David Brooks 24.08.2016
When I worked for large corporates there was often a regular parade of inventors anxious to convince us to strike a deal with them to produce and market their latest world- beating product.
The typical pitch fell somewhere betweenBritain's got Talent auditions and theDragon's Den, neither of which were on air then. It was also before the Internet offered a valuable research tool to check them out. For the inventors the prize would be some royalty deal where we took on board the expense of engineering the product for manufacture, testing, standards compliance, investing in tooling, producing the product and marketing. Why did big companies with their own significant research and development teams bother to entertain what was typically a succession of self-deluded or simply crazy inventors? First they might just have genuine breakthrough in an area of interest that had eluded us and further more they might hold a patent. More realistically it was case of not wanting to miss out on a great possibility, much like in the pop music world of not wanting to be known as the manager who failed sign up the Beatles.
Into this odd aspect of our product management life breezed Myron Khan, an American inventor of polarizing lighting panels. A number of things combined to make this Dragon's Den style bid for support more interesting than most. At Thorn Lighting we already produced acrylic lighting panels which typically comprised multiple rows of small pyramids for lighting control. What's more, my boss the head of marketing had recently conducted a fact finding tour of the USA. Here he had observed the widespread adoption of suspended ceilings in offices and stores which used troffer lighting fittings which could be dropped into a ceiling module instead of ceiling tiles. Further more, on the premise that American building trends were ahead of the UK, visiting America gave a glimpse of the future. Already, on the strength of his report a suspended ceiling company in Slough had been purchased positioning Thorn for this promised future. Coincidentally Polarised sun glasses were en vogue in the early 1970s and created a premium, high tech eyeware sector as opposed to the 'dar'glasses we then bough from Woolworths or Boots. And just to complete the picture the price of oil quadrupled in1973 prompting urgent calls for energy cuts of which lighting was a major culprit .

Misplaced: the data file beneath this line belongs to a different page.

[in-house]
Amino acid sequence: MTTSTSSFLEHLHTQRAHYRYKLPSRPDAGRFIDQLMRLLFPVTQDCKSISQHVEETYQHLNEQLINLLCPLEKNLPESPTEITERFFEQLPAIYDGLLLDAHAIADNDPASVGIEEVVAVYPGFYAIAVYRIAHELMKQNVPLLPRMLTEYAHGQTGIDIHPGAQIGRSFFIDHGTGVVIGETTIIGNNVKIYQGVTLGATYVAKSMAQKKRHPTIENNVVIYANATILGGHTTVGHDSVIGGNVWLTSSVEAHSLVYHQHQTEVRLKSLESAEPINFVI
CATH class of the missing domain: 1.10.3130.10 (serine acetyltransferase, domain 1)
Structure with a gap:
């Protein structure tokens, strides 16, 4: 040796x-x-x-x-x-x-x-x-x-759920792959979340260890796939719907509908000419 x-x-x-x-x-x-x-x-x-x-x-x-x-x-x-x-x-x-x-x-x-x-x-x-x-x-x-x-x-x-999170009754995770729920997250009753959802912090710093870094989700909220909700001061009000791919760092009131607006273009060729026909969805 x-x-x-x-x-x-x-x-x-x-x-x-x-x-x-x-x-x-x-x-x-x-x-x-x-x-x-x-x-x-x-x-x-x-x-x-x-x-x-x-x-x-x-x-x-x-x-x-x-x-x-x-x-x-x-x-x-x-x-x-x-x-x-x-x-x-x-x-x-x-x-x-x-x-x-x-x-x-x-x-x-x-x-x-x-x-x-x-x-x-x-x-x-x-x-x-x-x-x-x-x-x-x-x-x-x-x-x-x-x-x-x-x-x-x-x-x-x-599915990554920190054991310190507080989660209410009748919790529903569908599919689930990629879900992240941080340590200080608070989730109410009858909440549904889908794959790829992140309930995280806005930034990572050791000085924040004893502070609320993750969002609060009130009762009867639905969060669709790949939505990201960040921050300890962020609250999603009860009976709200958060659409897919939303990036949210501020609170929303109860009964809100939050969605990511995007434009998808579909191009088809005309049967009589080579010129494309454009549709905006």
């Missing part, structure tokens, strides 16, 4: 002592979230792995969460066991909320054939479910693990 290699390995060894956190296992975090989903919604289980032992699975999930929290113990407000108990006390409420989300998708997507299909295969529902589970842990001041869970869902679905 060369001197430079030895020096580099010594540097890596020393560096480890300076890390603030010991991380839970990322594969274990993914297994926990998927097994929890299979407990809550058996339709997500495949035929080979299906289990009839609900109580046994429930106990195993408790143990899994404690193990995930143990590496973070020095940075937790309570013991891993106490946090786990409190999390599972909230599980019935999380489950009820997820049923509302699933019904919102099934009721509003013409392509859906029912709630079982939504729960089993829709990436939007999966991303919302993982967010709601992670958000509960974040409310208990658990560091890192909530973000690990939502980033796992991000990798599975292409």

Myron Kahn who was not one for holding back, presented his Polarised panels as the saviour of civilisation as we knew it. It seemed like a no-brainer - easy to retrofit polarised lighting panels that offered not only energy savings, but sharper vision, reduced glare and less eye strain and all to go into the suspended ceiling lighting fittings we expected would sell in their tens of thousands. But there was one niggling little problem (there were others) and that was the science of his panels. No recognised scientific expert seemed willing to endorse these claims. Worse still the American Illuminating Engineering Society the body that amongst other things set recomended lighting levels for illumination levels, refused to even mention Myron's polarized panels in their publications.
The fundamental issue was understanding how the functioning of polarisation which had been implemented via a rather dull coating sheet applied to an other wise standard acrylic panel actually worked. A favourite way of demonstrating polarisation was to rotate polarised lenses and observe a reduction in light - great for sun glasses. There were a series of marketing/technical meetings with Myron Kahn largely to convince us how it worked. We were invited to observe how much better the colours of an R & D manager's tie appeared under this polarised light. Ever the showman Myron somehow contrived to appear on the BBC television news as the first American business to fly into Heathrow on the inaugural flight of Concorde. He intimated he was dashing to Britain to sign a multi million dollar contract. For some reason there was no reference to meeting some cynical product mangers in Slough!
The polarized panels enjoyed little success in the UK and were hideously expensive. The benefit of troffers was cheapness as the ceiling grid provide much of the support structure. The prismatic panel sheets which controlled the light distribution carried big, big mark ups. It was where we made our money.
There is little about
Myron Kahn to be found on the Internet, apart that is, for a fulsome Obituary in theLos Angeles Times. In an eulogy that reads like one of his own sales brochures he was described as "the darling of economists, ergonomists and conservastionists."
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